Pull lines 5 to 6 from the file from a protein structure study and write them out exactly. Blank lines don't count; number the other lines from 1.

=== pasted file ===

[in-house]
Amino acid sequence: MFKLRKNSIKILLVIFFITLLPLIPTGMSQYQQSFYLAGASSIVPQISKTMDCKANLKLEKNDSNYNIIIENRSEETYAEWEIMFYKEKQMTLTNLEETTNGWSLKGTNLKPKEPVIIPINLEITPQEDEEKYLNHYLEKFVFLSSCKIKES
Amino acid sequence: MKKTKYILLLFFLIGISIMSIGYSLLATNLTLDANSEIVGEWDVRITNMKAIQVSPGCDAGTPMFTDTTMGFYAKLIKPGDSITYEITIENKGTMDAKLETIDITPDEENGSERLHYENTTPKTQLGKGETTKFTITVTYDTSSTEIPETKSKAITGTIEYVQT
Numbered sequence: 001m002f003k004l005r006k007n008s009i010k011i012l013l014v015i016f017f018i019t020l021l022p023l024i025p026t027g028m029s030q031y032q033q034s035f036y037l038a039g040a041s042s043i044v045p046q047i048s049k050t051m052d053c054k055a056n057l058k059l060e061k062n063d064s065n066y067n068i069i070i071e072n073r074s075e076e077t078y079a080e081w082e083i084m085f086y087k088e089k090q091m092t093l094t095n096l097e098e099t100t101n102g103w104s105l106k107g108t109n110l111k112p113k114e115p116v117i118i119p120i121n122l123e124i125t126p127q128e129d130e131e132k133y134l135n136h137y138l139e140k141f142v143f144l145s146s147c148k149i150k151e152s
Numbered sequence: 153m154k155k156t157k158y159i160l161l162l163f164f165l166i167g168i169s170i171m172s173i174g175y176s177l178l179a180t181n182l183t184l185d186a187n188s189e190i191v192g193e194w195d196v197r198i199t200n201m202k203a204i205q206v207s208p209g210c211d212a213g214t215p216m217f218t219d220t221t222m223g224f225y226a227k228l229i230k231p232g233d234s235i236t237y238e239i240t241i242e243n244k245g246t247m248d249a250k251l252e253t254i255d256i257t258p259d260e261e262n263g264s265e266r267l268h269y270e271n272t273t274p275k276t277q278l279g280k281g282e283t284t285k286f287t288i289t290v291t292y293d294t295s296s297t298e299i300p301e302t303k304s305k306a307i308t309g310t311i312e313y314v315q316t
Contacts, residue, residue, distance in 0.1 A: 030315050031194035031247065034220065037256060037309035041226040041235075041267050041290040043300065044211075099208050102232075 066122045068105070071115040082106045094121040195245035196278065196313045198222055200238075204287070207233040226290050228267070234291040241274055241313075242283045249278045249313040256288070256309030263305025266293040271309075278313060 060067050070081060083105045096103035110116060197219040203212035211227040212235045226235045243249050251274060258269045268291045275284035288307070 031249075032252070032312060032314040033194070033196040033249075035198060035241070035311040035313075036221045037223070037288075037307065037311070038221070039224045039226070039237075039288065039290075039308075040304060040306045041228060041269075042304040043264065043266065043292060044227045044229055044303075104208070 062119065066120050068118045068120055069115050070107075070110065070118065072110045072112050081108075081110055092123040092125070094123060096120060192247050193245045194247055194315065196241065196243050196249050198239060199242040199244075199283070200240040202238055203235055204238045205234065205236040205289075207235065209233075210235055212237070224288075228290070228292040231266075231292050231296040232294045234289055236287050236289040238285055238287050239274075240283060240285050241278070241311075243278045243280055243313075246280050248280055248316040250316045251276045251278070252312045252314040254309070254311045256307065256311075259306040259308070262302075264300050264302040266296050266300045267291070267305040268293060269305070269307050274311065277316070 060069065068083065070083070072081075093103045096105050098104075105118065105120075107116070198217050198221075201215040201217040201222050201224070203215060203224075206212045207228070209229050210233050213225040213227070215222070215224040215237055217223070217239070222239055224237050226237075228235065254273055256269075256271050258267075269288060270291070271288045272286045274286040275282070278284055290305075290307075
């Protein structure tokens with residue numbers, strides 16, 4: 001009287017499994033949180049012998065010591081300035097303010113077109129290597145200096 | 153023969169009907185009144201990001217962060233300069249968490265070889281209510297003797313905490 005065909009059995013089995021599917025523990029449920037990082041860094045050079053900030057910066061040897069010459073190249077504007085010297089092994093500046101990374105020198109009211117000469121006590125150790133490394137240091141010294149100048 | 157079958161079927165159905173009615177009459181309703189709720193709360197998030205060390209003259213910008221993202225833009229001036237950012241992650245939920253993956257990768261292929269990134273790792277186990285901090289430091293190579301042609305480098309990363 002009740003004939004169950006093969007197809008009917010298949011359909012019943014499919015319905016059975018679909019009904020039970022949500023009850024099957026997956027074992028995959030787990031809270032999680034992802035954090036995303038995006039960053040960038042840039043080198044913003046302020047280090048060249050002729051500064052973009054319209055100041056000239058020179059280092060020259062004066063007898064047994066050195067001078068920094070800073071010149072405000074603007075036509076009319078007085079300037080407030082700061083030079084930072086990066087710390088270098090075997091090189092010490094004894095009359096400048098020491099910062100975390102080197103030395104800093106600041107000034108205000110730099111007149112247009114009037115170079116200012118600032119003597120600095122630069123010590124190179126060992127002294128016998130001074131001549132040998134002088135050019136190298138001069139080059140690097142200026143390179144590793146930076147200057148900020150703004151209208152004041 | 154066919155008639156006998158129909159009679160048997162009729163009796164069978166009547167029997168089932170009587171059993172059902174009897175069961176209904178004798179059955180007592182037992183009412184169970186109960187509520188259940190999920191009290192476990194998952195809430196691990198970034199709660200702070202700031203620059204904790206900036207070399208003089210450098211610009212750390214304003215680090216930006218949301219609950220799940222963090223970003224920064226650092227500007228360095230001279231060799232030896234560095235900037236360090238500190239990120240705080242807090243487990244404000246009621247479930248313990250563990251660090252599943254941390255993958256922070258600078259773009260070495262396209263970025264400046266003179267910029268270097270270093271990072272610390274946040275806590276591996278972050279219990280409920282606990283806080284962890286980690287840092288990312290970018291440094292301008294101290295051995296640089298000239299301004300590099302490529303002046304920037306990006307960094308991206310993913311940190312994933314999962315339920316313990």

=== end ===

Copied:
Numbered sequence: 153m154k155k156t157k158y159i160l161l162l163f164f165l166i167g168i169s170i171m172s173i174g175y176s177l178l179a180t181n182l183t184l185d186a187n188s189e190i191v192g193e194w195d196v197r198i199t200n201m202k203a204i205q206v207s208p209g210c211d212a213g214t215p216m217f218t219d220t221t222m223g224f225y226a227k228l229i230k231p232g233d234s235i236t237y238e239i240t241i242e243n244k245g246t247m248d249a250k251l252e253t254i255d256i257t258p259d260e261e262n263g264s265e266r267l268h269y270e271n272t273t274p275k276t277q278l279g280k281g282e283t284t285k286f287t288i289t290v291t292y293d294t295s296s297t298e299i300p301e302t303k304s305k306a307i308t309g310t311i312e313y314v315q316t
Contacts, residue, residue, distance in 0.1 A: 030315050031194035031247065034220065037256060037309035041226040041235075041267050041290040043300065044211075099208050102232075 066122045068105070071115040082106045094121040195245035196278065196313045198222055200238075204287070207233040226290050228267070234291040241274055241313075242283045249278045249313040256288070256309030263305025266293040271309075278313060 060067050070081060083105045096103035110116060197219040203212035211227040212235045226235045243249050251274060258269045268291045275284035288307070 031249075032252070032312060032314040033194070033196040033249075035198060035241070035311040035313075036221045037223070037288075037307065037311070038221070039224045039226070039237075039288065039290075039308075040304060040306045041228060041269075042304040043264065043266065043292060044227045044229055044303075104208070 062119065066120050068118045068120055069115050070107075070110065070118065072110045072112050081108075081110055092123040092125070094123060096120060192247050193245045194247055194315065196241065196243050196249050198239060199242040199244075199283070200240040202238055203235055204238045205234065205236040205289075207235065209233075210235055212237070224288075228290070228292040231266075231292050231296040232294045234289055236287050236289040238285055238287050239274075240283060240285050241278070241311075243278045243280055243313075246280050248280055248316040250316045251276045251278070252312045252314040254309070254311045256307065256311075259306040259308070262302075264300050264302040266296050266300045267291070267305040268293060269305070269307050274311065277316070 060069065068083065070083070072081075093103045096105050098104075105118065105120075107116070198217050198221075201215040201217040201222050201224070203215060203224075206212045207228070209229050210233050213225040213227070215222070215224040215237055217223070217239070222239055224237050226237075228235065254273055256269075256271050258267075269288060270291070271288045272286045274286040275282070278284055290305075290307075